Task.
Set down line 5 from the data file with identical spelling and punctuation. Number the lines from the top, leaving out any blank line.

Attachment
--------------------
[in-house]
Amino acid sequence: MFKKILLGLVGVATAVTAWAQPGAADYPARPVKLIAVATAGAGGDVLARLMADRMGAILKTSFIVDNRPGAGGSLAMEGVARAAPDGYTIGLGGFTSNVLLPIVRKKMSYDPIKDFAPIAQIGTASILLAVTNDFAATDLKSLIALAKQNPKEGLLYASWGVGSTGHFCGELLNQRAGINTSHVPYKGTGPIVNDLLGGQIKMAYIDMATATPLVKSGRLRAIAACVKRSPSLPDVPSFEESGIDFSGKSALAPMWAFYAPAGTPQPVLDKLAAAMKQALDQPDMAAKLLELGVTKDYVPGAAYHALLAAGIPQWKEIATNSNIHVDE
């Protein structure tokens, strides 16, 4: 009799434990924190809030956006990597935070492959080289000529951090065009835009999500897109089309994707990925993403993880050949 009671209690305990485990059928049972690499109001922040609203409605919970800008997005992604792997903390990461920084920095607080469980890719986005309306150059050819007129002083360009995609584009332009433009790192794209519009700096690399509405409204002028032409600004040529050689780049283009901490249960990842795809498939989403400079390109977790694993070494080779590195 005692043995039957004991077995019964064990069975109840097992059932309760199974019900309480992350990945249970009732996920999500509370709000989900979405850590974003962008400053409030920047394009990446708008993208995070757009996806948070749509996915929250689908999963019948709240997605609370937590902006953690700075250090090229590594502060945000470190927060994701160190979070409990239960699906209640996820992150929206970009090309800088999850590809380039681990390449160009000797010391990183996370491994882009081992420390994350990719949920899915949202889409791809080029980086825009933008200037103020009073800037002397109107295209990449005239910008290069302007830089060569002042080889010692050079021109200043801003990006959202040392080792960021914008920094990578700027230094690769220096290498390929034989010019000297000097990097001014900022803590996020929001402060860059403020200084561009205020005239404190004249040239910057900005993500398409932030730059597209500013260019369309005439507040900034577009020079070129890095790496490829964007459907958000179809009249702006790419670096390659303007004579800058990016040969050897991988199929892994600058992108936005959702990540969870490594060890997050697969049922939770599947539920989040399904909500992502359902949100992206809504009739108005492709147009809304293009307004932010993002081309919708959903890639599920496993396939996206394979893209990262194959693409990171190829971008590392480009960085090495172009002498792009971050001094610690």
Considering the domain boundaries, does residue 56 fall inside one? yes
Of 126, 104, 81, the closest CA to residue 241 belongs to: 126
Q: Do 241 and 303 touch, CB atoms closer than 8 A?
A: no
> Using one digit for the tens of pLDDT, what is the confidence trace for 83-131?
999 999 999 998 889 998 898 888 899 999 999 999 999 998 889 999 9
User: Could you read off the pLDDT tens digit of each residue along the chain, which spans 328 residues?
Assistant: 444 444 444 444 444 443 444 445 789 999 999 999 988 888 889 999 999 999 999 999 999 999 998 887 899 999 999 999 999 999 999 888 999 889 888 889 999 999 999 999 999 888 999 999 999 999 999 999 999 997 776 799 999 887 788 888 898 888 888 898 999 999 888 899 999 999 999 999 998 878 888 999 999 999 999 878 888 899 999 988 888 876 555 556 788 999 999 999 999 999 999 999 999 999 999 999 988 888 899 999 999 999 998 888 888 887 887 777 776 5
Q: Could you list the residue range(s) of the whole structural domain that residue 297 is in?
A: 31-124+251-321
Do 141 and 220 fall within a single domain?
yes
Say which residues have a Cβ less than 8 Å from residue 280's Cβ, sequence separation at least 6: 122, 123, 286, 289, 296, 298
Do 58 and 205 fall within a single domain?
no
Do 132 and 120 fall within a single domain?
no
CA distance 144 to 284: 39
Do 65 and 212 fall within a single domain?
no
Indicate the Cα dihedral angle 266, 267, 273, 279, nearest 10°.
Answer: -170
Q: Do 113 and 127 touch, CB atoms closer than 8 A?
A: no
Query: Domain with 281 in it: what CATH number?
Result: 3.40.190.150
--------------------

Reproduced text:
Of 126, 104, 81, the closest CA to residue 241 belongs to: 126